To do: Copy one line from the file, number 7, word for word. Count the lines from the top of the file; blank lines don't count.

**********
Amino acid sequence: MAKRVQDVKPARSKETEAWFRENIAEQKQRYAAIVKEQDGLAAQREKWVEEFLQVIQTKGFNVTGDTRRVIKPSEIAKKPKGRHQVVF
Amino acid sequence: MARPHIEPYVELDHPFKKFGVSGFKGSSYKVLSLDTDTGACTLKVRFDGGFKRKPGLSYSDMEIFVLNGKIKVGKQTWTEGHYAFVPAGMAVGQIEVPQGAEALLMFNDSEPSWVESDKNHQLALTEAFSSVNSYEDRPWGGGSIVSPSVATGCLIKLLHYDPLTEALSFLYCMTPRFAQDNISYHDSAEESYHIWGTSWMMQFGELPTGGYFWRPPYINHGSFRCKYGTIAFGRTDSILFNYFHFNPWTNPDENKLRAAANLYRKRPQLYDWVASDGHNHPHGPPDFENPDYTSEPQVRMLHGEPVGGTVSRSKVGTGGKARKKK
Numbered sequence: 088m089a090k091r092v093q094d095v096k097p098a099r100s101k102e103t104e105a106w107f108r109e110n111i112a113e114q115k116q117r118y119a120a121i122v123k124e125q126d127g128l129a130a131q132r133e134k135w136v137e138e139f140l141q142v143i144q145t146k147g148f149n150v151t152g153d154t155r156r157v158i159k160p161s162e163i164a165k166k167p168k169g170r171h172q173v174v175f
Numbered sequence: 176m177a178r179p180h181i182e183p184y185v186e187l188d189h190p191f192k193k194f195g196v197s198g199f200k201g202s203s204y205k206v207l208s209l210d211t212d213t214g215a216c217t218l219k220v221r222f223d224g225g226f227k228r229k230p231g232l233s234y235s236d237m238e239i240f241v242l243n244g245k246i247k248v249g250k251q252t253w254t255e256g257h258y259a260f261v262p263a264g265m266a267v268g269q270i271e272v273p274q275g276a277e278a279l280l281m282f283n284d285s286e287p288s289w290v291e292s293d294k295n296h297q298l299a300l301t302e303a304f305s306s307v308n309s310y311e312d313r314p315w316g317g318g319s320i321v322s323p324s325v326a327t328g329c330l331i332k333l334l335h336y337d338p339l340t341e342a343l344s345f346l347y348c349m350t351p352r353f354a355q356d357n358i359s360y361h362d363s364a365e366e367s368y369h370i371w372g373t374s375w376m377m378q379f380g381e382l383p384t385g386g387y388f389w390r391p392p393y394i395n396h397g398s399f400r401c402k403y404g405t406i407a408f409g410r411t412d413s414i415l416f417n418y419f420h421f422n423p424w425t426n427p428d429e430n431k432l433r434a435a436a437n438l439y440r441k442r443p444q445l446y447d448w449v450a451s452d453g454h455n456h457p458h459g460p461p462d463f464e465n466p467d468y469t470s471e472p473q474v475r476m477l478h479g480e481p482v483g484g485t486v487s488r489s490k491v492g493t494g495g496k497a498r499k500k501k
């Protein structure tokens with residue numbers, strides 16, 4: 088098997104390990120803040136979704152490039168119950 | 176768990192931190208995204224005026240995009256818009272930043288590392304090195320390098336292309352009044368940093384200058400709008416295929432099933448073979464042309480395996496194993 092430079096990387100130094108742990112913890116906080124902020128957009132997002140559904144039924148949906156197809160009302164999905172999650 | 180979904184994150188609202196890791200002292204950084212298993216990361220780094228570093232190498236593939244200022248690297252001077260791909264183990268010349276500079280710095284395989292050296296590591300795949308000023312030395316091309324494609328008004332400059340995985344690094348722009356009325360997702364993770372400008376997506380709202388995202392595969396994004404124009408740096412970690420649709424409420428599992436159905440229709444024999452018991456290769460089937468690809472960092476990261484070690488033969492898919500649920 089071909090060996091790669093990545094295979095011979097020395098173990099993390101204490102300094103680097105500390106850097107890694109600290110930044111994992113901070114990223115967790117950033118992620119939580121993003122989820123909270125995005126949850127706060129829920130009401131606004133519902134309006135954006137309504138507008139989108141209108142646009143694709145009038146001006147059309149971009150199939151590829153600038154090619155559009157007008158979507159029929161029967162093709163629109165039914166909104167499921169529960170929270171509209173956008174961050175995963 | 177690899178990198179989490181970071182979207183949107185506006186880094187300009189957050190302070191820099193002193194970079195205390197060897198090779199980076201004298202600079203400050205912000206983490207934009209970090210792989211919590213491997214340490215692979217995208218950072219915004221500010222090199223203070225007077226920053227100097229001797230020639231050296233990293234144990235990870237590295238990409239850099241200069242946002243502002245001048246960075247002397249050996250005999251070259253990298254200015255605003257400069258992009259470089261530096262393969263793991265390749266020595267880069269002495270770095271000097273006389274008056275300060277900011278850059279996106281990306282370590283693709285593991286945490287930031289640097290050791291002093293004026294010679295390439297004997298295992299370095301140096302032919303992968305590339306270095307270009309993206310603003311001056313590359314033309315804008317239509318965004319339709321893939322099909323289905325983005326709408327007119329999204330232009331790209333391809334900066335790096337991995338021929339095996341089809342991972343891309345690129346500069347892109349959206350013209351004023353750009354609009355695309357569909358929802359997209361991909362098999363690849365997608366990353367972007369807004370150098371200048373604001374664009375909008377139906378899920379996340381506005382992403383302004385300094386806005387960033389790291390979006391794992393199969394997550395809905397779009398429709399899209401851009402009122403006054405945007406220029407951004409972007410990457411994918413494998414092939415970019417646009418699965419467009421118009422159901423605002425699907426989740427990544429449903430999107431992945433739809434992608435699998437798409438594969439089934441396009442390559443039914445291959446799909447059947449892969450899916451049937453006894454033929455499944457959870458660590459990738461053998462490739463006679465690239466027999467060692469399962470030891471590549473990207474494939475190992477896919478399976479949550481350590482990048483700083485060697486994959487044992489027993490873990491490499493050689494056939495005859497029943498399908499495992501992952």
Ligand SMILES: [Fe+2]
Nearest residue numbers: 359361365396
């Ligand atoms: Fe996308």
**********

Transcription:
Nearest residue numbers: 359361365396